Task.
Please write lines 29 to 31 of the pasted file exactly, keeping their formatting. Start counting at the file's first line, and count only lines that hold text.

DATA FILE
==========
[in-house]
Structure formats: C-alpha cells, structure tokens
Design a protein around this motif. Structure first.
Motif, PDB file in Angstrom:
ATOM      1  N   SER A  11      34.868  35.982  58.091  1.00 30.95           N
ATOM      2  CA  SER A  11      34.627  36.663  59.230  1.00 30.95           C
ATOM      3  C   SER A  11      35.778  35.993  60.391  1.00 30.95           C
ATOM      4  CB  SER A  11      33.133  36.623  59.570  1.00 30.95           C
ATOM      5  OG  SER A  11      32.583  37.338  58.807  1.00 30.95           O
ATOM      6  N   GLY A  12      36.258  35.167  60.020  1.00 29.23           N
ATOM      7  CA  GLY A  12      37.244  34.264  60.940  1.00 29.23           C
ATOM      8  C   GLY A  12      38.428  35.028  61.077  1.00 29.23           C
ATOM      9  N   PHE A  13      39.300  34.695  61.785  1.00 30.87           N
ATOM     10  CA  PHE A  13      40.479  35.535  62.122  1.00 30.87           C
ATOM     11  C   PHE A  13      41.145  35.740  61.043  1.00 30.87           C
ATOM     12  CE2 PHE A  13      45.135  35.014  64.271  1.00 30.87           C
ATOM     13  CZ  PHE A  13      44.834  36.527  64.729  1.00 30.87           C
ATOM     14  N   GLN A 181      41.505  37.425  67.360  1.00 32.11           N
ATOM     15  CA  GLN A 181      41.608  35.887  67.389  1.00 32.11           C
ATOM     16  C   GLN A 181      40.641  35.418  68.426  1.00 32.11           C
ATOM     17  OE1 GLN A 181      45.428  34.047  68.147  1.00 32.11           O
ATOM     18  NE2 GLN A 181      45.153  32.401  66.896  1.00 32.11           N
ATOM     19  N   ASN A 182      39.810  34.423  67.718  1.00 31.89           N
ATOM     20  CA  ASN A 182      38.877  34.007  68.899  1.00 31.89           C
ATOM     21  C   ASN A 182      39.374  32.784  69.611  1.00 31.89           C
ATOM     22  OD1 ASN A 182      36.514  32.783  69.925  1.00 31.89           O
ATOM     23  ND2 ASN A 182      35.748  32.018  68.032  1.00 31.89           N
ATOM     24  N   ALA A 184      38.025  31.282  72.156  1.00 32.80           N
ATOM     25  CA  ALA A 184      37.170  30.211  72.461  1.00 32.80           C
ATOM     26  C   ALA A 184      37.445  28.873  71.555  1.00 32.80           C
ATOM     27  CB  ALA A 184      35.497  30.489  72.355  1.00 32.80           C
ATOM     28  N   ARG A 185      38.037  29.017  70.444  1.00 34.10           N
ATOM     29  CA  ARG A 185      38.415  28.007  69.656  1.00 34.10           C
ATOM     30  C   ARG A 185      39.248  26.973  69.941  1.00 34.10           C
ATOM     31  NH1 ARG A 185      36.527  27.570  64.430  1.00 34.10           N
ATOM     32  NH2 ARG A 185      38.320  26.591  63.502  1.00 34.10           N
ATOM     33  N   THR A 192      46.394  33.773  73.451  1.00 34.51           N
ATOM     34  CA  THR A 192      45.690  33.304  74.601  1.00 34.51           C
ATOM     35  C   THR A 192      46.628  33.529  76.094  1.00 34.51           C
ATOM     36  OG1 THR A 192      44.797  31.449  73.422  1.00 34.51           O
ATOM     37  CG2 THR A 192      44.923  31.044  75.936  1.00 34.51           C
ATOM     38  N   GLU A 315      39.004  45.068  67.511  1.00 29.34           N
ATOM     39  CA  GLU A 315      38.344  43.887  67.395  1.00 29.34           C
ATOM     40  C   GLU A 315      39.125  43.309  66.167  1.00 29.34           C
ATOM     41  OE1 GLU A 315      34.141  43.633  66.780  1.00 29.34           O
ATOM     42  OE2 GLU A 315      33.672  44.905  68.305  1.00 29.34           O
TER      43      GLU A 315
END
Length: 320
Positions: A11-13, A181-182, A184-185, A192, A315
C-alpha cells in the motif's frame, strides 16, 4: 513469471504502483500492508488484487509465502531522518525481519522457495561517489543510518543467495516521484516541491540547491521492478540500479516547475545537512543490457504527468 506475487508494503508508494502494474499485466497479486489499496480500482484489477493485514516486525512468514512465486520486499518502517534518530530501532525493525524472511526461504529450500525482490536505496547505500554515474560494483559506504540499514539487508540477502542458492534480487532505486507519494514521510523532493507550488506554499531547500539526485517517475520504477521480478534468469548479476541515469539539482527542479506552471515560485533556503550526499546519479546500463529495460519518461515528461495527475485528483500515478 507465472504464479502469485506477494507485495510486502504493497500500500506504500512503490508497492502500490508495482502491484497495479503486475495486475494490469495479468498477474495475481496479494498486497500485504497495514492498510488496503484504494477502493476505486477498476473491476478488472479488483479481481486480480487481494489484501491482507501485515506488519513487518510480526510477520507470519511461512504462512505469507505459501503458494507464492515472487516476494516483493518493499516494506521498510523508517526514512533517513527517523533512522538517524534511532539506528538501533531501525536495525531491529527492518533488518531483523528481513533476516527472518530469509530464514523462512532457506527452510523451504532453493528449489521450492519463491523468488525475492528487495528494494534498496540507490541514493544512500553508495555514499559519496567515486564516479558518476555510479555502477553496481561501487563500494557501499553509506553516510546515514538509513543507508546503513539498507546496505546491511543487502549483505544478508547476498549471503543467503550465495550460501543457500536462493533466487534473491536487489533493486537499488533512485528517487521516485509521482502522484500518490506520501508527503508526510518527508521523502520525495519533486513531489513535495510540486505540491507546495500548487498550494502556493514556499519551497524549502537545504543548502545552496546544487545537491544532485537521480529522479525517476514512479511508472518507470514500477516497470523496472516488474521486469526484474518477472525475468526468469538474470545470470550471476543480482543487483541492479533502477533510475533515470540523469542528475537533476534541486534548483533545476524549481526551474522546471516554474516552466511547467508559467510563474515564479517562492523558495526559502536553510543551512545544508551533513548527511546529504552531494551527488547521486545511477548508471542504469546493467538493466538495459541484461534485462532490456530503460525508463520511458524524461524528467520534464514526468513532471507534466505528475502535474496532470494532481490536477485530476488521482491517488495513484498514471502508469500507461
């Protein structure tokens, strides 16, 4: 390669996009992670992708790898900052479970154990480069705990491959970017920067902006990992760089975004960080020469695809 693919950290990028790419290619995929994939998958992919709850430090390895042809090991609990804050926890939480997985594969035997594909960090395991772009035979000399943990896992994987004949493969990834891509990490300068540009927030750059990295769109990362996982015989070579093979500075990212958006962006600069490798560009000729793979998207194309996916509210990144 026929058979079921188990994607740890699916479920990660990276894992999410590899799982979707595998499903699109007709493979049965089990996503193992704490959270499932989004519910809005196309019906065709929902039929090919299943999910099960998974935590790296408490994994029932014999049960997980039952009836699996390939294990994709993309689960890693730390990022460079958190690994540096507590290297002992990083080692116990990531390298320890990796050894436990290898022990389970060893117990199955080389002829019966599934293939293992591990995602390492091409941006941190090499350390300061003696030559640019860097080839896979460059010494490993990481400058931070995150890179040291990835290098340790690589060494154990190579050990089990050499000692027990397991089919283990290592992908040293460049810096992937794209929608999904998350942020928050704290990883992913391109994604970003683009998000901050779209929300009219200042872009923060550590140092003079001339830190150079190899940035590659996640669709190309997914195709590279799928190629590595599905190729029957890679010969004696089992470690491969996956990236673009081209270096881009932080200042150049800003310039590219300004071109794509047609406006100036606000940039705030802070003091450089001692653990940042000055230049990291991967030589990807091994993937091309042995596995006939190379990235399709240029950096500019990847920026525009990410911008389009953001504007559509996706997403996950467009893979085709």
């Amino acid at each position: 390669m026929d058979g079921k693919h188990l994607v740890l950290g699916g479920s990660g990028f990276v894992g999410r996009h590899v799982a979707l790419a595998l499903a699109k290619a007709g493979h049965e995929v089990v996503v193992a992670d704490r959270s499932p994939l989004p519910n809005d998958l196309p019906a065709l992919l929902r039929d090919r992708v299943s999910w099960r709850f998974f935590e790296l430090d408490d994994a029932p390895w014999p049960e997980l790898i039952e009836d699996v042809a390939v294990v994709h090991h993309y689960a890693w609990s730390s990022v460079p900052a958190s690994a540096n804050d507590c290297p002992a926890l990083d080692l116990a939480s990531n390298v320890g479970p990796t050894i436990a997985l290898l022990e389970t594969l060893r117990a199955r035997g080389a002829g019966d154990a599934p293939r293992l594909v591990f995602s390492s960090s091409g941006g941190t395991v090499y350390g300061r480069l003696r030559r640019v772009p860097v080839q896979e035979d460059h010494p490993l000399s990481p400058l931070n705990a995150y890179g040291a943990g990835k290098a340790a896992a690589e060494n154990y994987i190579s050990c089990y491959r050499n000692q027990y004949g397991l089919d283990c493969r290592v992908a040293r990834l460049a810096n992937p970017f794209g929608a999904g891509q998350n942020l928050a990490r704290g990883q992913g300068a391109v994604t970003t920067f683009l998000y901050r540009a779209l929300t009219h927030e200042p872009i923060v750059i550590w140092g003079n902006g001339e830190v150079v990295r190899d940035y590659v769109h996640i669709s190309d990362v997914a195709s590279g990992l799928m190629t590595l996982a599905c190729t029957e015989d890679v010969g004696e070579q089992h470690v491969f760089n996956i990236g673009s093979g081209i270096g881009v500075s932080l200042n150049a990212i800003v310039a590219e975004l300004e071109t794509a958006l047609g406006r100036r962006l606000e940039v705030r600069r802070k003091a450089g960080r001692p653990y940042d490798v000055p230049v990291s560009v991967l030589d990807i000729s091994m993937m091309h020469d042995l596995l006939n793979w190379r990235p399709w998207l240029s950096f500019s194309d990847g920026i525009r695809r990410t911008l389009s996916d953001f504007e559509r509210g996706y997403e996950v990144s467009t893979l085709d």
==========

ATOM     25  CA  ALA A 184      37.170  30.211  72.461  1.00 32.80           C
ATOM     26  C   ALA A 184      37.445  28.873  71.555  1.00 32.80           C
ATOM     27  CB  ALA A 184      35.497  30.489  72.355  1.00 32.80           C